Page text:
Both are true statements, and I am now the victim of “fleeting time.” It seems like yesterday that I was sworn in as your president. As I write this, my final column, I thought it would be appropriate to reflect on some of my feelings about my year of serving you.
I am sad.
I am sad that I have not been able to accomplish all that I thought I could. When we come into this job (I have confirmed this with other past presidents), we think we can do it all. I remember the energy I had back in late January and early February, calling the office daily to see what was happening. I quickly learned I had more ideas than our system was able to deal with. I soon learned how to economize and prioritize my thoughts.
I am glad.
I am glad for all of the wonderful experiences the job has presented to me … for all of the friendships that have been made… for the courtesy and respect that has been bestowed on me by my fellow inspectors… for the opportunity to visit so many of our chapters… for the good that I may have done during the year… for the support I have received from our past presidents and from our officers, staff and members. I am glad that I was able to represent this organization.
I am proud.
I am proud of the advances ASHI has experienced in the past five or six years and of my small part in helping to make them happen over my long career. We’re financially healthy, owners of real estate, in the hands of a very talented and effective staff, have truly dedicated volunteers, and we have become the nationally-recognized voice of the home inspection profession. We’ve established ourselves on the Washington D.C. scene, and with that recognition comes the respect we need to continue to influence the national agenda on housing issues. We’ve established a separate testing organization that is on its way to becoming the only recognized exam for home inspectors that has any validity. We’ve grown our chapters to more than 80. We’ve grown our Membership to approximately 5,700. We’ve reached the point where we now have more Members than Candidates. We’re featured nationally in the press and on television with millions of readers and viewers on a continuing basis. We’re sought out for our opinion on issues related to housing on a regular basis. We have truly become the voice of our profession.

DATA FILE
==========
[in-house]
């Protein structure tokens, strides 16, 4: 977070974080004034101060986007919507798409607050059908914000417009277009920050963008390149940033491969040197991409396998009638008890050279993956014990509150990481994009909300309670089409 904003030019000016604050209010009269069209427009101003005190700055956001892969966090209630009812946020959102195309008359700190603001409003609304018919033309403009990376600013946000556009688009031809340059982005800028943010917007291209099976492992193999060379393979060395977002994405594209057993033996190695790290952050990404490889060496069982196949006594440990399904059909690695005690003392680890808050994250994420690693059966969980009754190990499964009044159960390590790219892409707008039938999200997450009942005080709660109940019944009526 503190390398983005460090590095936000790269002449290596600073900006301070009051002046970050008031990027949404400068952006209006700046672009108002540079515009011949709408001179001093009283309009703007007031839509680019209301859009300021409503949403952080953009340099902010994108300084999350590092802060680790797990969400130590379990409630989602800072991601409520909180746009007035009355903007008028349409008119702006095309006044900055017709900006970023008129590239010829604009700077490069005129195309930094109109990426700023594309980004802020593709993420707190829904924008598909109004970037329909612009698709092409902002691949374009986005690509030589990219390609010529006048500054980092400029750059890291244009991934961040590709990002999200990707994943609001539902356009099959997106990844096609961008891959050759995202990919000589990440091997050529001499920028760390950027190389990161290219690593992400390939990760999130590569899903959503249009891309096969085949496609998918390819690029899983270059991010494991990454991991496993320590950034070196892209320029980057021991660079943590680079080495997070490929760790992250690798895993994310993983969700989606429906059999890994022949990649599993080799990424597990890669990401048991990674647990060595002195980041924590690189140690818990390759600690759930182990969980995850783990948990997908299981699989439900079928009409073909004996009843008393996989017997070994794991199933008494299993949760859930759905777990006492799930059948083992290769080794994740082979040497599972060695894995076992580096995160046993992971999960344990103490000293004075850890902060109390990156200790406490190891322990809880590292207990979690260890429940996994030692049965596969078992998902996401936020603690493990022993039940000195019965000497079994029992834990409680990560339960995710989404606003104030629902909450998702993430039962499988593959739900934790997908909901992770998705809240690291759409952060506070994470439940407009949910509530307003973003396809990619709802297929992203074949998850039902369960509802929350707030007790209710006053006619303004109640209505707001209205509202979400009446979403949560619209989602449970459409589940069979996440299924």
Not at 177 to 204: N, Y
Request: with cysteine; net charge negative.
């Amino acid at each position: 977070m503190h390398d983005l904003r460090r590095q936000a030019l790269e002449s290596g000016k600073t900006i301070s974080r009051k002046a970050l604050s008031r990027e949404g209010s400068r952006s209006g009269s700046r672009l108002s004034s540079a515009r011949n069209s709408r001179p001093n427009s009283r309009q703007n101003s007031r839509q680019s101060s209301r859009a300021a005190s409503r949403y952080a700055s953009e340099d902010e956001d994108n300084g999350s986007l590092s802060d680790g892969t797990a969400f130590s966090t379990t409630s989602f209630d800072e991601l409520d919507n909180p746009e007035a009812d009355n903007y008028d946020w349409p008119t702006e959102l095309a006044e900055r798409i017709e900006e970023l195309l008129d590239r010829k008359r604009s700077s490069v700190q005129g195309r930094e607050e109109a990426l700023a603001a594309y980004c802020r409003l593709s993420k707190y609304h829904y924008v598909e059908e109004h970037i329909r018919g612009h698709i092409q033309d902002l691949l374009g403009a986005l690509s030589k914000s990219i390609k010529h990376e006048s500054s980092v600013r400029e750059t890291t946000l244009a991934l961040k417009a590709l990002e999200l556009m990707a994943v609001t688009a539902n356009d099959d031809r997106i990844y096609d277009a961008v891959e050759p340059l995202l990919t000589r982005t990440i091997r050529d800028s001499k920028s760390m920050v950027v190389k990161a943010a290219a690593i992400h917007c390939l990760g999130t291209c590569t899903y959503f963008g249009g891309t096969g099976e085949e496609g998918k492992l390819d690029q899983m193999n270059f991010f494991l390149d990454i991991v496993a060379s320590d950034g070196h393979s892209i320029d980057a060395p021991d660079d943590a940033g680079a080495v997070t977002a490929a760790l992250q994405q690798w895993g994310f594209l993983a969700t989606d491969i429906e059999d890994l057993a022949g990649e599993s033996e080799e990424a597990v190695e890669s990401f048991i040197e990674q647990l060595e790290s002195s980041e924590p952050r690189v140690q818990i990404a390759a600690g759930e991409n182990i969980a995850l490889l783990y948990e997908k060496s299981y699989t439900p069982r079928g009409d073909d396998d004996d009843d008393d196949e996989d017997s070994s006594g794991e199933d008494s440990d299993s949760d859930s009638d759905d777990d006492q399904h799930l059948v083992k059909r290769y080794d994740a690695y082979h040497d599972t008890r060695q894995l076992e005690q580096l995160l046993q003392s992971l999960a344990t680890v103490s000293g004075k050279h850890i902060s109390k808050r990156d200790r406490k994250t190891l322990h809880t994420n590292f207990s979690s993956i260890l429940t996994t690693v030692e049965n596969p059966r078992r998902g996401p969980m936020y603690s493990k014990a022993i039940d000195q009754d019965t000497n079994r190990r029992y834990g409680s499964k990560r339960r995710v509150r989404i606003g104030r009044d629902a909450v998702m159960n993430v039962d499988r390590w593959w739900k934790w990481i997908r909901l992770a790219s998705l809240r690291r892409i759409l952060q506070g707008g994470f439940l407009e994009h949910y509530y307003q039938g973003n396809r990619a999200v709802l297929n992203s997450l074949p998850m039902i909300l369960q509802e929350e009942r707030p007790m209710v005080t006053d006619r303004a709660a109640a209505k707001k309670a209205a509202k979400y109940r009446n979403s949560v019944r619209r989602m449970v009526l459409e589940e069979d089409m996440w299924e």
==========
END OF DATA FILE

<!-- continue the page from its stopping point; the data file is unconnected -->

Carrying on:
I have learned.
I have learned many different things during my year that will be with me forever. The job humbles you, and at the same time it expands you. You learn to facilitate a discussion rather that debate a particular issue. You learn that the president, for all the stature and glory of the title, has less to say about policy than a committee. You learn to see all the various sides of an issue, and are more open to all ideas than when you take a stand on one side of that issue. None of this ability is genetic. The job teaches you to be better on a continuing basis. By the end of your year, you are fully prepared for the job.
I have learned other things as well with some great insight into travel. I’ve learned that to fly from the Midwest to the East coast, you sometimes have to go through Texas, and to reach Florida from New York you may have to go to the Midwest. I’ve learned the national weather can be your friend, but usually is not. And I have learned the true meaning of the “red eye” flight. But the ultimate lesson garnered from all of this is that there is no place like home. You very quickly learn that your loved ones involuntarily share the sacrifice of your volunteering.
I give thanks.
I wish to thank everyone who has been a part of my ASHI career. My one-year left of service on the Board of Directors will conclude my 22 years of service to ASHI. I have enjoyed every part of it. I thank you all for the opportunity to have been your president.